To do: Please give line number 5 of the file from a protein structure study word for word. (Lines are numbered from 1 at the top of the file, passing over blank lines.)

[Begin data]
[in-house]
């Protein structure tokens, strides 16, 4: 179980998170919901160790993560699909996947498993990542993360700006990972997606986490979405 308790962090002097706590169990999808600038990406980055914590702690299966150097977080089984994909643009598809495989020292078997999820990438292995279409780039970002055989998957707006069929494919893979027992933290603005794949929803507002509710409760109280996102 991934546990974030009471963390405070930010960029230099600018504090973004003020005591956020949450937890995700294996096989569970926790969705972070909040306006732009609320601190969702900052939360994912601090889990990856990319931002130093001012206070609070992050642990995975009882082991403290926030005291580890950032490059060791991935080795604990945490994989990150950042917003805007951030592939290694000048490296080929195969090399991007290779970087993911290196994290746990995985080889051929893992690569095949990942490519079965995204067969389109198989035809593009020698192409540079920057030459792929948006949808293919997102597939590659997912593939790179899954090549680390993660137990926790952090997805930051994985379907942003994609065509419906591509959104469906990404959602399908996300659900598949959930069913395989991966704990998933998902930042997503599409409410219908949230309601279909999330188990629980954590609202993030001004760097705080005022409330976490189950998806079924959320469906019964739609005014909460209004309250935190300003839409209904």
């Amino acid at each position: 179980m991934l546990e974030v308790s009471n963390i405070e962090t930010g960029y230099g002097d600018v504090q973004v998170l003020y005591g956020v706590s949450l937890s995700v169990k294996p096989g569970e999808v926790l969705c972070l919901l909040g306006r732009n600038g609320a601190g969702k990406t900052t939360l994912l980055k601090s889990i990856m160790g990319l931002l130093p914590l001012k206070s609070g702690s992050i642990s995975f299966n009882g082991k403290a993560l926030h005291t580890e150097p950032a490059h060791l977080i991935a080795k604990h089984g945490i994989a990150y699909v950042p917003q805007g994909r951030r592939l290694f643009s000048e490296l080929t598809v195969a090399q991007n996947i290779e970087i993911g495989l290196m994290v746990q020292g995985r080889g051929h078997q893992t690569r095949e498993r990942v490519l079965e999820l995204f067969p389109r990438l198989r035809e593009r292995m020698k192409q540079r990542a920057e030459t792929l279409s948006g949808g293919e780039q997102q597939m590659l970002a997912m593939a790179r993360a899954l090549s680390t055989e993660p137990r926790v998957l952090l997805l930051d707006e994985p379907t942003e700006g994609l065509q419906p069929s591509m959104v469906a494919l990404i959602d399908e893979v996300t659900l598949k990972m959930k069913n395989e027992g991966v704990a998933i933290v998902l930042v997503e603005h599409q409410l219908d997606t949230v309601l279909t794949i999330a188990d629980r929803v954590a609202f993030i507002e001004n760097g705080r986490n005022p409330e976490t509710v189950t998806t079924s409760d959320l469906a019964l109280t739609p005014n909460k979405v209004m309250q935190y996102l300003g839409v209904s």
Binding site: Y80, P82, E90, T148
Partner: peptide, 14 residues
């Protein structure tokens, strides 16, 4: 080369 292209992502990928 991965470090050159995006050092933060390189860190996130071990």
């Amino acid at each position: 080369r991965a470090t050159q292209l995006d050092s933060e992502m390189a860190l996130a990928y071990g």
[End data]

Partner: peptide, 14 residues